What are the pieces of equipment that you find particularly inspiring when recording at home?

cade200I started using early model made-in-the-USA CAD microphones from the 90s mainly because I was finding them pretty easily on Craigslist and Ebay.  I feel in love with their versatility and the Equitek E-200 in particular I’ve used for so many different applications – all of our vocals are recorded on it, I used it to mic guitar amps.  I’ve set it up as a room mic, recorded acoustic guitars, violins and all of it came out sounding really natural with a nice overall balance between high and low end sounds.  I was never an expert on microphones, but these 90’s CADS are fairly cheap, sound clean, a little vintage, and have done the trick on so many Backwords recordings.

I also use an original CAD Equitek E-100 – really great on the kick drum (something I’ve recently discovered) but – this mic uses internal 9 volt batteries and stopped working on me recently.  I tried troubleshooting it myself, then reached out to CAD (something that wasn’t easy) and finally the dude told me he can’t offer any help on their older gear and couldn’t even recommend a licensed repair tech in the NYC area… so that was a little weird…

Also, we like to light a lot of sage while recording – maybe that smokiness comes out in our tunes?  I’ll bet the mics pick that up.


What one piece of hardware/software would you most like to add to your recording setup (cost not an issue)? Why?

Always wished I could afford/acquire a really old tube driven vocal preamp.  Or maybe a modern rendition like the Manely 40MP Mono Tube Preamp.  Something to really spice up the old human voice!




Do you expect your next record to be self-produced, or would you like to work with a producer? If it’s the latter, who would you most like to produce your band, and why?

Luckily we just got to work a bit with our good friend Babi at 5D Studios in Sunset Park.  Babi has a nice understanding of Backwords and what we’re setting out to do musically.  Whenever this next album is finished – he’s going to be the most important factor in the overall sound of it.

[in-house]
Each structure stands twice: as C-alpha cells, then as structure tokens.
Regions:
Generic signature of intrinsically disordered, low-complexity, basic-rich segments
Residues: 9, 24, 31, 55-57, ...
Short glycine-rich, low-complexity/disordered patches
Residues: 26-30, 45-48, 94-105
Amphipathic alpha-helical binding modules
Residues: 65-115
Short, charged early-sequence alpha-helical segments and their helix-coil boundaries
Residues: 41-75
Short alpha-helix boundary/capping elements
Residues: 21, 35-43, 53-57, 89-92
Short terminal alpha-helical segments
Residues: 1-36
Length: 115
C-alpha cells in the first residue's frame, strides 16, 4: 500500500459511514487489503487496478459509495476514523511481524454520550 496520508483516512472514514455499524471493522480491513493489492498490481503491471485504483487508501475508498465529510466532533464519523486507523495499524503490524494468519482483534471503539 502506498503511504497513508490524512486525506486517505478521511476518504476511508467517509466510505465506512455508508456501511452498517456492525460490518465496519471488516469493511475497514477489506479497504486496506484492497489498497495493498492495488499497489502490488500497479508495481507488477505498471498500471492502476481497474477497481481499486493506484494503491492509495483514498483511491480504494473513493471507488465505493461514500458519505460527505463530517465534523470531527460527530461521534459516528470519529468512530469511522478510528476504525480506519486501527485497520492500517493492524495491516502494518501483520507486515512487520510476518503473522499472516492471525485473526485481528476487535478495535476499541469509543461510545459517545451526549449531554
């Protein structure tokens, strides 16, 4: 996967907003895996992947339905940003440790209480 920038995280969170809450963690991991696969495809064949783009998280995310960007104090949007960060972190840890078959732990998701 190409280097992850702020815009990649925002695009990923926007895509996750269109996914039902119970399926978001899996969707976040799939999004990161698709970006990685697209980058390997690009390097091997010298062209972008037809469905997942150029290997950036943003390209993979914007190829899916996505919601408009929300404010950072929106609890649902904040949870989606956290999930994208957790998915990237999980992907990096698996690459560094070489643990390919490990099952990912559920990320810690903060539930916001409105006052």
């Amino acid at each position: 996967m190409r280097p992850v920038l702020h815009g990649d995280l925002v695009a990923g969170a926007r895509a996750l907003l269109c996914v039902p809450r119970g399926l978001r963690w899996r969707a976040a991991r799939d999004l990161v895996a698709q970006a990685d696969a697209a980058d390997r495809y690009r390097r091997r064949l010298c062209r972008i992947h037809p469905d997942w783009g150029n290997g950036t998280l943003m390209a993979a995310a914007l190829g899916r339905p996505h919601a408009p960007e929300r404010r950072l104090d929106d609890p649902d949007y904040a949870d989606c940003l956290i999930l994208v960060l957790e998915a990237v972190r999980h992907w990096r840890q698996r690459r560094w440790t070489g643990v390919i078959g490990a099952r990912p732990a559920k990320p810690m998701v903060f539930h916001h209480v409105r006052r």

Do you use rack effects or guitar pedals to forge your own sound? If you do, please list the ones you use the most and let us know why you love them.

When we recorded back in Philly with Jared, he swore by the Nuendo software and had tons of plugins and effects that he would pull up and throw on stuff.  When we started recording on our own, I swore by Garageband – and to be honest on our last two recordings – there are cases where I chose a DI guitar running through a “fake” digital Garageband amp over mic-ing a real amp.  I’ve use Garageband effects to their fullest – everything from the built in compressors, to the reverbs and overdrives.  A lot of people think you can’t really do much with Garageband or that it sounds too digital, but there is plenty of tweaking that can be done on the stock effects and you can get into some weird zones where you’re not sure how you just got that effect to do what it just did and it’s super cool.

People sometimes tell us that our recordings sound really natural and organic – but when I think about it, there’s tons of crappy stock digital Garageband effects on everything – so I’m not sure how we achieved that!

Do you have a particular recording style that you aim for? What techniques do you employ to recreate it?

I like to fully demo a song on my own before showing it to, and then recording it, with the band.  If I write a song, I tend to sit down with it and let it stew for a while, figure out all the basic skeletons in terms of rhythm section, arrangements, layers as well as get a few interesting instrumental things going.  Luckily, I’ve had the luxury of just sitting at any and every instrument here at our little studio and fully demoing out every piece of a song.

After sharing these demos with everyone – we all pick them apart and everyone chimes in with their thoughts and new ideas – then we rehearse them a bunch, everyone adds their unique voice and then start recording.

Tim Pioppo, our bass player, also writes songs in the band – and his style is a bit different.  He’ll come to us with a basic idea, and we’ll all work  it out together and develop an arrangement by playing it over and over on the spot.

Who determines the direction and style of your recordings?

We pretty much have been doing this all ourselves.  I personally have produced/mixed our last two albums – so their sound is as close as to what I hear in my head as I’ve ever been able to get on a recording, I guess.  We’ll see how different things sound now that we’ve stepped out of the basement for this next one…

Is there a person outside the band that’s been important in perfecting your recorded or live sound?

Our buddy Will Pollard used to stealth tape our live shows – in the vein of Grateful Dead live bootlegs and stuff – that was pretty cool – although we never wanted to listen to them.